Saturday, September 4, 2010

Messin' with meze

Strictly speaking, I didn't make the following meal on a weekend.  It was Thursday.  But, if I recall correctly, students at my alma mater frequently treated Thursday as part of the weekend (if the endless parade of freshmen in popped collars and ridiculously short skirts on Richmond Row was any indication).  Though I might not have tied one on every week on the day honoring Thor (who probably would've liked a few of the downtown establishments), I can at least take advantage of that practice for my blog.  So there.

Relaxing after work.  This is nowhere NEAR what the ol' Mustang party animals would undertake, trust me.
So my beloved BFF, Kiks, gave me a lovely gift some time ago.  It was a meze cookbook.  I'd never heard of the term before, though many of the recipes were familiar: hummus, spanakopitta, falafel, tyropitta, and kibbeh, to name a few.  Delicious Greek and Lebanese offerings.  I didn't know, though, that these appetizer-ish items were part of a larger recognized group, akin to the Spanish tapas.  The author, Rena Salaman, describes meze as "a snack served alone or before a meal, or as part of a whole meal.  They can be simple, just little plates of olives or feta cheese with olive oil and oregano- or they an be more substantial, a few kabobs of lamb or chicken, or a delicious plate of shrimp."  I'm in!

My meze undertakings this day.
I've been toying with the idea of throwing a themed dinner party at my place for my super-duper coworkers... my budget, however, disagrees.  One can dream, though, and in my mind I picture serving up a table full of delicious meze options for us to sample and graze on over (several) glasses of wine.  Nice way to relax after a week of clinic, says I.  So, I figured it'd be a good idea to practice making some of these for my own enjoyment.  I've made other recipes from the book before (Imam bayildi and tyropitta alonnisou) with decent success, but practice makes perfect!

Hummus.  I'm no stranger to it, but I thought I'd try Rena's recipe.  I figured out what I'd been missing in my own version for so long: just a bit of water to loosen things up. 
Perfect consistency, this time.
Baked shrimp with tomatoes and feta cheese. 
Excuse me while I discretely wipe the drool off my face.
I modded the above just a teeny bit, in the same way I did when I made it the first time with Kiks.  Though I swore off this technique for red curry shrimp pasta, I find that, with all the stove and oven baking this dish endures, using canned tomatoes doesn't seem to detract from the deliciousness one bit.  Plus, blanching and peeling tomatoes is a giant pain in the behind.  So, give my version a shot and enjoy:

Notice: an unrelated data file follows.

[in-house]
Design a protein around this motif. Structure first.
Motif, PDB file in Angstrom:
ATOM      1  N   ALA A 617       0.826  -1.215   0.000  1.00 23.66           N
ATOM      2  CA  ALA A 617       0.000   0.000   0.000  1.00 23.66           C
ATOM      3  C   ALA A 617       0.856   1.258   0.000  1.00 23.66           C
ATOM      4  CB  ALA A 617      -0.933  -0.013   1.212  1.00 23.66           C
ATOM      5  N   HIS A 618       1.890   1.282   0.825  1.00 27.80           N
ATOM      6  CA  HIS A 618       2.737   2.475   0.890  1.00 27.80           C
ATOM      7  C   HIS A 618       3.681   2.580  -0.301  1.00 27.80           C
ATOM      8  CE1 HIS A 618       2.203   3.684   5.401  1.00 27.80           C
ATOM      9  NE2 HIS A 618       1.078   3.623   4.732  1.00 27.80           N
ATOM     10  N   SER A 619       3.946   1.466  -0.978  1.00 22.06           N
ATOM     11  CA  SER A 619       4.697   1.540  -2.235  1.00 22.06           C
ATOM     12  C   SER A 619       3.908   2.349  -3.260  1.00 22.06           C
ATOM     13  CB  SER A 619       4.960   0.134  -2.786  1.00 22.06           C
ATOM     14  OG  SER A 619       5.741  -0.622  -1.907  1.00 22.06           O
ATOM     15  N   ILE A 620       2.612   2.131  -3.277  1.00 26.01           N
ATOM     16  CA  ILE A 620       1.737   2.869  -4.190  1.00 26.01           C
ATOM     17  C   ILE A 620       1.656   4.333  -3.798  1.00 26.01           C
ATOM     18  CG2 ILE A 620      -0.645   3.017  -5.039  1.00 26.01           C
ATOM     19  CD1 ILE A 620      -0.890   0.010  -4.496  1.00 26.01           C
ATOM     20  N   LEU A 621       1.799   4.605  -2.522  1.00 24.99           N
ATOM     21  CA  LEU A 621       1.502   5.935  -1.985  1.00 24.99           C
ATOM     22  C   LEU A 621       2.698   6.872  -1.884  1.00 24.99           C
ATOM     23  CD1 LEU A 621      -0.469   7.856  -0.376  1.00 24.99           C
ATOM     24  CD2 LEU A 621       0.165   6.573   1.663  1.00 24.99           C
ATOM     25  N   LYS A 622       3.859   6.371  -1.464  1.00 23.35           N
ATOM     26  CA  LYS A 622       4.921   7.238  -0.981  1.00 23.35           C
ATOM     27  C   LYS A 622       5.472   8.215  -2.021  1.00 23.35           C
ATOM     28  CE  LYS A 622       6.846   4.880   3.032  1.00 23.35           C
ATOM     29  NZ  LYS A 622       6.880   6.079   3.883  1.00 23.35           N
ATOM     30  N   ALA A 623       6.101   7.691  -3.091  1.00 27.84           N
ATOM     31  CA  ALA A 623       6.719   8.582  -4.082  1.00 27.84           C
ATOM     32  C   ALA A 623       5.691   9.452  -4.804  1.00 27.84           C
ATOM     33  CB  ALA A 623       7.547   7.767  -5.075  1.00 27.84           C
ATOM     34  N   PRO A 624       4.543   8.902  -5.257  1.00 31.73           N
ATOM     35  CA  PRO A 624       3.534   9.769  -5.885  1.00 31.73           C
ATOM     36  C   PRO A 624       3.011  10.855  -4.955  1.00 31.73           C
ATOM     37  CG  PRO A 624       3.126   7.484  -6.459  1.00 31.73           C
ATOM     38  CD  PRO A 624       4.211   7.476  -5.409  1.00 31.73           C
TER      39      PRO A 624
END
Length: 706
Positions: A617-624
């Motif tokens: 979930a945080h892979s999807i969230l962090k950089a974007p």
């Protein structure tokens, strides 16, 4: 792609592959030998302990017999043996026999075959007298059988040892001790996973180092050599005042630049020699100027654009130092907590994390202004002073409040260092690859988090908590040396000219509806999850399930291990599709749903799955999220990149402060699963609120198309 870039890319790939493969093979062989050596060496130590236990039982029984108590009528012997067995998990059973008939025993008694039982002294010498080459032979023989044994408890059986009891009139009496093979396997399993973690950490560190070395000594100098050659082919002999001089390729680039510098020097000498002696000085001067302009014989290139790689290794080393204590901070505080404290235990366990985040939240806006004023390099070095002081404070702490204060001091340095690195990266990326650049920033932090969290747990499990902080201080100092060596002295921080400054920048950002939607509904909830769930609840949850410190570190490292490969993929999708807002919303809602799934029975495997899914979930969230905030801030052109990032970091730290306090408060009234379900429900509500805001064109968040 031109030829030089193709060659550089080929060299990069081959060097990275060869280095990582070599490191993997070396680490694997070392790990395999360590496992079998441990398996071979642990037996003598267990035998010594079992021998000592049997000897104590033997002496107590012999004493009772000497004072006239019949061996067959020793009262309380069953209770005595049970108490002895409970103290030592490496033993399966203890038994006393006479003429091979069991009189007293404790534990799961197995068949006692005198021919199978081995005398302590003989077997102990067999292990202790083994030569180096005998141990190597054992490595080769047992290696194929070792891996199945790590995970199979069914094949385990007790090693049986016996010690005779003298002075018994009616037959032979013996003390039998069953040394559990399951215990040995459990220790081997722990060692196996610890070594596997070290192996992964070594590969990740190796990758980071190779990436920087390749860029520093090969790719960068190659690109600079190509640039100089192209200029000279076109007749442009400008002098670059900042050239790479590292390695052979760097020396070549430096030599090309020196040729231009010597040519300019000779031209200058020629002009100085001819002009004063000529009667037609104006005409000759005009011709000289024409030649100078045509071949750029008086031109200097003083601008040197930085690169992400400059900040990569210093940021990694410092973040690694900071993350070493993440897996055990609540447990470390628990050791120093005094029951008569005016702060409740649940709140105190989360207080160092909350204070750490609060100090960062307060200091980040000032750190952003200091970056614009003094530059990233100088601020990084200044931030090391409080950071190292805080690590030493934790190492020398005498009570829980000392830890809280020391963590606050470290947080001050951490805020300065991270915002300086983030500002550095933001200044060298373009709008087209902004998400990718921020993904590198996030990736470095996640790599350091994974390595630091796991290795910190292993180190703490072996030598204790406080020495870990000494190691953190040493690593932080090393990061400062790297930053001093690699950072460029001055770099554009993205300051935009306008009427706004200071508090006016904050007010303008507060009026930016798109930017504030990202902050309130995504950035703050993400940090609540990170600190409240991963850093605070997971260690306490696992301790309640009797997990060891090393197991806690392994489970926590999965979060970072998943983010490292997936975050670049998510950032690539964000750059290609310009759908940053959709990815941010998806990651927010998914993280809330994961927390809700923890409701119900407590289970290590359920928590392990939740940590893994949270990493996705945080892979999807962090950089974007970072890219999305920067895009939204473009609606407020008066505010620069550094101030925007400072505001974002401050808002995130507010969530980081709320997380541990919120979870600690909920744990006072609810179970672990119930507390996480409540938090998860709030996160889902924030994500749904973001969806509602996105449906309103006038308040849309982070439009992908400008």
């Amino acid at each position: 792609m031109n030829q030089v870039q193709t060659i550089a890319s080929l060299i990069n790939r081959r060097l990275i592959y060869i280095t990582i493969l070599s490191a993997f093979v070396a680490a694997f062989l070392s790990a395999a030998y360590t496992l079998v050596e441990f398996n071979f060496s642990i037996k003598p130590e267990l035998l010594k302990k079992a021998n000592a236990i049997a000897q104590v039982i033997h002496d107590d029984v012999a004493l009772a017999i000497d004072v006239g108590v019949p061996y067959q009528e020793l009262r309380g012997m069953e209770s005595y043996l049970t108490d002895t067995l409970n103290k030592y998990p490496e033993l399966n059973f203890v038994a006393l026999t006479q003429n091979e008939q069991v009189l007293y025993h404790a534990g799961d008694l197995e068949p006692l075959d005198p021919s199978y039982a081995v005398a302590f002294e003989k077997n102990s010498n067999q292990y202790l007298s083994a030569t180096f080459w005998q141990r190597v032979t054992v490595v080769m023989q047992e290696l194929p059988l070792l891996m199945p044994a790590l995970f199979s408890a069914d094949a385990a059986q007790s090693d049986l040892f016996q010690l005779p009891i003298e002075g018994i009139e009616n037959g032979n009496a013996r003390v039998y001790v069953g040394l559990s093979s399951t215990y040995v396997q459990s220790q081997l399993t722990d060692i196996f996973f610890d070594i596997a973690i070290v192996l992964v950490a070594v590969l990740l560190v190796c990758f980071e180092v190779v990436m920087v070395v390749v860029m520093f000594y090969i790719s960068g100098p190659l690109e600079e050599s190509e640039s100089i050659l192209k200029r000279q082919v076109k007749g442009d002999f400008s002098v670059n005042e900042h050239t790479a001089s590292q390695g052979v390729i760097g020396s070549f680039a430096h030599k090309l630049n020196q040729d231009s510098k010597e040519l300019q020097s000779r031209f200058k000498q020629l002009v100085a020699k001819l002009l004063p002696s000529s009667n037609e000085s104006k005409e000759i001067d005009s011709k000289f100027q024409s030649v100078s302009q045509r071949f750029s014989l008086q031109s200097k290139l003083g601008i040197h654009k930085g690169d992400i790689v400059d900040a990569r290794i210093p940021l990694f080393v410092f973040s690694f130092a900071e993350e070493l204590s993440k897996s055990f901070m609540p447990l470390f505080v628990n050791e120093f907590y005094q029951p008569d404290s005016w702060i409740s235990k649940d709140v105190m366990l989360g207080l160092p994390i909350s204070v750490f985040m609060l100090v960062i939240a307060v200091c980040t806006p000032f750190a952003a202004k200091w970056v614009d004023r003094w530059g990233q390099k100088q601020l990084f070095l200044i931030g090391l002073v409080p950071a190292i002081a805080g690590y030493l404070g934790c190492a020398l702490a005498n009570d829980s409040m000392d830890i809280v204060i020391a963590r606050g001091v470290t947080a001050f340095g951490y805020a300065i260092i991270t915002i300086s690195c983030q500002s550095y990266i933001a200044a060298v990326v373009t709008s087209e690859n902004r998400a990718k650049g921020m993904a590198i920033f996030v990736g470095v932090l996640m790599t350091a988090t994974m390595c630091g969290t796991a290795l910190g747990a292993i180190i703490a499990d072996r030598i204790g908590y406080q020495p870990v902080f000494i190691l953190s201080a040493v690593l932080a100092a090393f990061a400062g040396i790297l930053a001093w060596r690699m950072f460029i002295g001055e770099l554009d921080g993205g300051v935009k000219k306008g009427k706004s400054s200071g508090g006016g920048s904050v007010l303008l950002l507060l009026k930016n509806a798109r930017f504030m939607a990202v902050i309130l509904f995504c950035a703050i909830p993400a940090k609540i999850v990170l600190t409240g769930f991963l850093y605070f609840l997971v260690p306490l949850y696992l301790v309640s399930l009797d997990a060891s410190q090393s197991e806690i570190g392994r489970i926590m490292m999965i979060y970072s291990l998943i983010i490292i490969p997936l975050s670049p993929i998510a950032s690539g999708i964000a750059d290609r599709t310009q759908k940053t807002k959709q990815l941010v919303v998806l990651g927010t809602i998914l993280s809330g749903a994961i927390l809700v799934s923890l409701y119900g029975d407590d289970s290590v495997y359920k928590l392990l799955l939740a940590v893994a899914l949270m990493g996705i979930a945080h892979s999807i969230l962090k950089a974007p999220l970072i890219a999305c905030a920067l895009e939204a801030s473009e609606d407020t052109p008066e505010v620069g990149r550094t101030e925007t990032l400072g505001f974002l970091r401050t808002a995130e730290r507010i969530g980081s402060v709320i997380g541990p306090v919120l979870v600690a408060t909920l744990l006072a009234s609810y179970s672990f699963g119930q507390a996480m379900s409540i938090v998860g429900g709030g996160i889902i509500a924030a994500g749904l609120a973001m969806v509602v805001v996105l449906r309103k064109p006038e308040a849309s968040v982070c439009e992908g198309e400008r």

Garithes Yiovetsaki
(Baked shrimp with tomatoes and feta cheese)
Adapted from "Meze" by Rena Salaman

Serves 6 (I made a half-batch for myself)

  • 1/4 cup extra-virgin olive oil
  • 1 onion, finely chopped
  • About 2 tsp Vietnamese Sriracha hot sauce (this is, obviously, far from authentic.  I like spicy pepper flavour, but not the texture of peppers.  For the purist version, use 1 red bell pepper, seeded and chopped)
  • 1 28 oz. can whole Roma tomatoes, mostly drained and coarsley chopped (you COULD use the already-diced tomatoes, but I find them to be less flavourful)
  • Large pinch of sugar
  • 1/2 tsp dried oregano
  • 1 lb. peeled raw jumbo shrimp (I like President's Choice 31-40 count; they're not jumbo, but you get more shrimp this way)
  • 3 Tbsp finely chopped flat leaf parsley (don't buy that curly stuff.  It should be banned)
  • 4 oz (or a quarter pound) feta cheese, cut into cubes
  • Sea salt and freshly ground black pepper
  1. Preheat the oven to 350ºF.
  2. Heat the olive oil in a skillet, add the onion and sauté gently until translucent.  Add the sriracha (or pepper) and cook a few minutes more.
  3. Add the tomatoes, sugar, oregano, salt and pepper and cook gently for 10-15 minutes until the sauce has thickened.
  4. Add the shrimp, parsley, and half the cheese, then transfer to a small ovenproof dish (I used a glass pie plate) and sprinkle the remaining cheese on top.  Bake for 30 minutes.
  5. Serve hot or at room temperature-- both ways are great.  I like to have pita handy to sop up the delicious juices.
Ready for some serious noshing.  And no, I didn't eat the entire dish of shrimp all by myself; half became lunch for the next day.  Ditto for the hummus. 
Who knew chickpeas and tahini could combine in such a magical way?  Thank goodness I have long arms, or these self-portraits would be really difficult to achieve.  I must've been feeling a bit narcissistic this particular evening; usually I don't put so much Honeybee in blog pics.
 I'm really looking forward to trying out homemade falafel- that's a project for this weekend.  Nothing like fantastically spiced, fried bean patties... mmm.  I have two recipes: a traditional one from the meze book, which uses broad/fava beans, and one from Nemmie's blog, which uses chickpeas and (wait for it...) a slow cooker.  Hmm.  I don't know which one I'll test, or if I'll use ingredients from one but the cooking method from the other.  I'm intrigued by the idea of not having to shallow-fry a bunch of little patties in batches... but on the other hand, I stressed myself out at Superstore trying to find fava beans to make the more authentic version.  Who knew they'd be so hard to find?!  I couldn't find a bag of dried, but I finally hunted down a canned version in the Latin section of the "ethnic" aisle.  I felt like a big game hunter who'd finally spotted an elephant.  Whew!  At least now I have options for the legume I choose to include.

Not at all condoning the eradication of endangered species for sport,

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